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Whenever I travel to another part of the US or another country in the world I find myself taking on the vocal and speech patterns of a native speaker. I lose my own way of speaking, and adopt that area's accent.
I am an Accent Chameleon.
I find it a fun little linguistic/sociological game.
And so, this summer while working in a restaurant deep in the heart of Dupont Circle in Washington DC, an area known far and wide for its dense Guppie (gay male + yuppie) population, where 80% of the staff was gay, it seemed only natural that I should adopt this Guppie mode of communication, behavior, self-representation.
I was a Sexual Identity Gender Expression Chameleon. SIGEC, for short.
I became a gay boy.
It was a sociological extrapolation. Further beyond the reach of any autonomy I possessed.
And afterall, who doesn't simply adore another acronym in their life?
So much of my demeanor changed. I incorporated that flipping of the wrist thing into my every interaction. My body developed a certain poise, as I flowed gracefully, melodramatically from room to room. I oozed sass. And to uphold just a few more stereotypes about gay male culture of the 21st century, it was during this SIGECian period of my life when I first discovered my Inner Hair Dresser.
It started with a minor compulsion to do hair. I found myself spending more time than ever before staring into the mirror, strategically situating each strand. But it quickly escalated, infecting the realm of my desire: I wanted to cut hair. Mine, my housemate's, that guy who walked by me in the park and so desperately needed to trim off his mullet. Anyone. I found myself nightly snipping off different pieces of hair, my wastebasket mounding with black, brown, bleached little trimmings, the cast-offs of my art.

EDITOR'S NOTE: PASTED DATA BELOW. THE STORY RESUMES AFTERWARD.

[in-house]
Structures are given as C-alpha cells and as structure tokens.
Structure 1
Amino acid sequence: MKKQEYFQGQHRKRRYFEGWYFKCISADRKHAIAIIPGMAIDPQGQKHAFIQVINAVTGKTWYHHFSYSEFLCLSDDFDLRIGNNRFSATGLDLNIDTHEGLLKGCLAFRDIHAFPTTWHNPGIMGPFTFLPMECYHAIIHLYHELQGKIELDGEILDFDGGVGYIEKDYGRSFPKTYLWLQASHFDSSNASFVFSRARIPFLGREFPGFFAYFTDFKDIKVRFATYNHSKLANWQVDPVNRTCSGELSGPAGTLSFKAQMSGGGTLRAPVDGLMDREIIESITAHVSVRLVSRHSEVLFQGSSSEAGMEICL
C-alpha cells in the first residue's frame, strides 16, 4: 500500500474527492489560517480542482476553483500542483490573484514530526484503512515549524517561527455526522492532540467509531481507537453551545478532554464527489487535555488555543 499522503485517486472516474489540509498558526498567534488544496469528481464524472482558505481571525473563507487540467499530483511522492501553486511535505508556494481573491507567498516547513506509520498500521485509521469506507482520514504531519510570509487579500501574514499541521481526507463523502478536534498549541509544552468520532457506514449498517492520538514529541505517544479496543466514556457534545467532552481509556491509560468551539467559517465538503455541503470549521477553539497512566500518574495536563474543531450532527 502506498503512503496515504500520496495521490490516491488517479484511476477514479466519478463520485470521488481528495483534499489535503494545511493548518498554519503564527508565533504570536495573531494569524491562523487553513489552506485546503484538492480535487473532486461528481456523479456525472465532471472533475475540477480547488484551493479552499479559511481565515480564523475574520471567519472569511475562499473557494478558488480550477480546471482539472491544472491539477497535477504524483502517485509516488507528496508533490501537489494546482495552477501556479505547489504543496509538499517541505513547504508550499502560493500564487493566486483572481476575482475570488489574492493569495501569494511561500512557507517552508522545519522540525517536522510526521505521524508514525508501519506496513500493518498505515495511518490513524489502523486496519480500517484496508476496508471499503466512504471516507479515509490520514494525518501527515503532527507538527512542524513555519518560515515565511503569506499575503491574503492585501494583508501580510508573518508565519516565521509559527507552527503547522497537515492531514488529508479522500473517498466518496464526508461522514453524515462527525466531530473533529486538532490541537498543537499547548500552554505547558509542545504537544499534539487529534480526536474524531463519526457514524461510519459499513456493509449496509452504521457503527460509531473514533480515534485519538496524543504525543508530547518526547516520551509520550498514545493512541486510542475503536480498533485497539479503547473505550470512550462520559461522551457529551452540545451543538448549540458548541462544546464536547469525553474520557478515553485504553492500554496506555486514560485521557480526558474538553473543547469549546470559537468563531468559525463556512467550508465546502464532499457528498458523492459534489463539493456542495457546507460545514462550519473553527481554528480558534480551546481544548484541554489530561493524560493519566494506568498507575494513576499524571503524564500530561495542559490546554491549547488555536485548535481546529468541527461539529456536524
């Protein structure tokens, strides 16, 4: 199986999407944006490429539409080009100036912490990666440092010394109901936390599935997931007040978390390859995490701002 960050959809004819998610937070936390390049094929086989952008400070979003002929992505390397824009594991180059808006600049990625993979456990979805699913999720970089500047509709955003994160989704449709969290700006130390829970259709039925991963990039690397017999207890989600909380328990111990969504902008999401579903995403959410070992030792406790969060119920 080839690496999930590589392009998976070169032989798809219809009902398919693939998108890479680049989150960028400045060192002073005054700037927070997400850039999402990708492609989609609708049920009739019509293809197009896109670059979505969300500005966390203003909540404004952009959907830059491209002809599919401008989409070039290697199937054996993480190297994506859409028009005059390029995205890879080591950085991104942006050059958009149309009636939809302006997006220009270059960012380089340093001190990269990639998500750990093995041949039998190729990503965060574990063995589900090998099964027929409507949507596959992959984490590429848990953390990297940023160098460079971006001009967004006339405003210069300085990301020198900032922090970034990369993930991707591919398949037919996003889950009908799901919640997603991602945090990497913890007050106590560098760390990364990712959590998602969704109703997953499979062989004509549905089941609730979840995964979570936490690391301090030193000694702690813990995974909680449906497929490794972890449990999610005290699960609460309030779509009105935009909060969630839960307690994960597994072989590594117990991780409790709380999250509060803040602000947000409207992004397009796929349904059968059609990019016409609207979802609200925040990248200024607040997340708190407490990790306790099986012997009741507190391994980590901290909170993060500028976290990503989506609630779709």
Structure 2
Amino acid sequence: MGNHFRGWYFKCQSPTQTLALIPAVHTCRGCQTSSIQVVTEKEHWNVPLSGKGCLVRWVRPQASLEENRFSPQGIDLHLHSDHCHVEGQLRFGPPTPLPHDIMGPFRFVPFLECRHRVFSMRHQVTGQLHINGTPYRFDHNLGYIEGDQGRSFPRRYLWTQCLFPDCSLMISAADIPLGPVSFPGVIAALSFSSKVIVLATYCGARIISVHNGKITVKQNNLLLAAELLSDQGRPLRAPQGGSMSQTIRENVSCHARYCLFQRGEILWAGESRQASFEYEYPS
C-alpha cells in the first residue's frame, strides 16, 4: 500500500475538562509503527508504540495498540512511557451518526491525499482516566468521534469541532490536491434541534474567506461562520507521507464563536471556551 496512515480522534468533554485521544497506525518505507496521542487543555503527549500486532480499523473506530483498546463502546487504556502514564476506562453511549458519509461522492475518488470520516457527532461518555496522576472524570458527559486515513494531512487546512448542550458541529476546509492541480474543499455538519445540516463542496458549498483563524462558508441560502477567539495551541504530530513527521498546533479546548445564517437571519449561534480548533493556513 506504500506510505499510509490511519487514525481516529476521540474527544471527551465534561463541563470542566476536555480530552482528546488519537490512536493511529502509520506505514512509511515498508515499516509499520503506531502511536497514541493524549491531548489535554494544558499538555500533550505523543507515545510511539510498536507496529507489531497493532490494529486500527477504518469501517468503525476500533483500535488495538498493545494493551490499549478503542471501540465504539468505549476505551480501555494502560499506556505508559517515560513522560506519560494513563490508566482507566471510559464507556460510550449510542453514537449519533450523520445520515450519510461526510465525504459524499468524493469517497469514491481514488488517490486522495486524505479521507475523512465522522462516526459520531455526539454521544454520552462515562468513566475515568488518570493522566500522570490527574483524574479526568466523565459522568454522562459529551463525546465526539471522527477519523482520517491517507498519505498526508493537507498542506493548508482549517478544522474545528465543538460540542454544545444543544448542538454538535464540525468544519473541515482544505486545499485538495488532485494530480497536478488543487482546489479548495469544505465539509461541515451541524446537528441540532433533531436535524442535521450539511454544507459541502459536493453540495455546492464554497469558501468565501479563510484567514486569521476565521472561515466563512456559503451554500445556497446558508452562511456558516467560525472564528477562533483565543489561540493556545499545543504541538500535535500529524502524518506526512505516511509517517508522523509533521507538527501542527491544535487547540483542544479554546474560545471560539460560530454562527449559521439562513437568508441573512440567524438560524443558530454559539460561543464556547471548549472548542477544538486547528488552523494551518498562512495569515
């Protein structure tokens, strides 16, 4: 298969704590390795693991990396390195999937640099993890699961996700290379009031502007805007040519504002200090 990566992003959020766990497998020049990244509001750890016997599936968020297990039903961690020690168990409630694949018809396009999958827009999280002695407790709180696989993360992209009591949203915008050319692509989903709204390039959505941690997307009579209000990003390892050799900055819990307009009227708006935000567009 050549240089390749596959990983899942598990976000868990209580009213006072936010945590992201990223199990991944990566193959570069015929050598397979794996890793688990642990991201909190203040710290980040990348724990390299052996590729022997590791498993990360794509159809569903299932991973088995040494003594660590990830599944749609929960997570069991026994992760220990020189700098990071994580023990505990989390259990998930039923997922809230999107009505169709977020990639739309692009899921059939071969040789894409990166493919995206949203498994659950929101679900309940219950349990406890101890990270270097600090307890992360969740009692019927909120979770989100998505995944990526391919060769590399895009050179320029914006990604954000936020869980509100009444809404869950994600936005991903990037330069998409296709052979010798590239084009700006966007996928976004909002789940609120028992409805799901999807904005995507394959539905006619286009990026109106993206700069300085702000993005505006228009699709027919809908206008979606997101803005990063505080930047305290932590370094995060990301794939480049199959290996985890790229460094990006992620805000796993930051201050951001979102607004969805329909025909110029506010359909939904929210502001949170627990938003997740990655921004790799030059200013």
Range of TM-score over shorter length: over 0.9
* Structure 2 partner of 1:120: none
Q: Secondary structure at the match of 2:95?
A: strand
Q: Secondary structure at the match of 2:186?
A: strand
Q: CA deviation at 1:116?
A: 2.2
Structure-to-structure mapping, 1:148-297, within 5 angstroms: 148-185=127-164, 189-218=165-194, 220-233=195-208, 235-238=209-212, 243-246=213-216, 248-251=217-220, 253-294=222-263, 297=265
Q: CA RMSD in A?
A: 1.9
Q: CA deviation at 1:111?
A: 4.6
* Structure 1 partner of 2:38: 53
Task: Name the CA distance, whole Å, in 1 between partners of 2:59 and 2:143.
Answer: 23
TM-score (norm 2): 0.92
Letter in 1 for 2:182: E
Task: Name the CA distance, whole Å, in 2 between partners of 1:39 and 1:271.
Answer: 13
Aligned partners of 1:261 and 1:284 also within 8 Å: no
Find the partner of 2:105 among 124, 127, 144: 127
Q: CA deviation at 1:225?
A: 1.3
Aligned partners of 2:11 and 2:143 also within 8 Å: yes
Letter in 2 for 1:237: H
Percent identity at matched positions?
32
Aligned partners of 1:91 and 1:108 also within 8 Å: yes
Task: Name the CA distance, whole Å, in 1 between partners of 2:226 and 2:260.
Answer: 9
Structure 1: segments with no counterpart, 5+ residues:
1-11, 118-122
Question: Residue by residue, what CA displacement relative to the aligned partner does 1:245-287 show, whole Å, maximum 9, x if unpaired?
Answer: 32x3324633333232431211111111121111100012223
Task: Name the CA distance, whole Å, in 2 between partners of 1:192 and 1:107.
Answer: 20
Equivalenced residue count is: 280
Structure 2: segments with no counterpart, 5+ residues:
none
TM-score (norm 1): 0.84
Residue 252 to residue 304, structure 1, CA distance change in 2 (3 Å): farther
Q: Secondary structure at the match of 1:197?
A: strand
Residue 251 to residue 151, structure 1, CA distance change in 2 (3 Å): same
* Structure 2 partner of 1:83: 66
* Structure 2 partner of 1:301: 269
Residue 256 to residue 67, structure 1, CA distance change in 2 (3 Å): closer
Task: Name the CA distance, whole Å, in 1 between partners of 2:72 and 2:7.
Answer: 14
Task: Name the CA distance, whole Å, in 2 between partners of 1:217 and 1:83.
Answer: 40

I became irked easily when people paid $9.99 for a shoddy Super Cuts do. The judgment of a hair snob.
I became restless, itching to conquer hairdos of all genres. Strolling on busy streets, I was a flaneur, constantly taking in the hairstyles moving past me. In the supermarket, I insatiably devoured the hair concepts sprouting atop all the shoppers. I was a machine, always, everywhere calculating length and luster, shade and sheen and type of sheers used. I had undergone a pop-cultural metamorphosis, emerging from my cocoon a hair person.
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For me, there was always a stigma attached to the label of hair person. I mean, I'm not the shallow, valley-girl type. I don't manicly rush out to buy the latest Cosmo or Elle or Teen People so as to bask in the beauty that is Gwenyth Paltrow or Jennifer Anniston's new do, in pure awe of the shine or cut or angulation of those soft, wispy bangs, wildly ecstatic over all the new hair-ideas it presents me, strangely soothed like an addict finding her overdue fix. That's just not me.
I mean, I'm that rabid feminist, always managing to work a radical critique of Capitalism or Patriarchy into every conversation I enter. I'm that crunchy little dyke with unshaven legs and armpits, always shrieking about the image of womyn in the media and those fascist beauty standards that consume womyn's lives as they quite literally kill themselves off in order to attain them. I'm that dirty kid who lives in a coop, a little Luddite denouncing the evils of American Consumerism while eating organic tofu and alfalfa sprouts.
A hair person? Certainly not me.
But like so many other components in my life, hair simply needed to be re-appropriated. And not unlike those faux-poetic Calvin Klein waifs, I like to embrace my contradictions.
Sometimes it's not even about the hair on my head. Sometimes Doing Hair is a much more conceptual art. Grappling with what really constitutes a Style: is it based solely on outcome, precision? or does intent matter? or is it realized within the space between conception and production? It can easily bust into a discourse on Essence.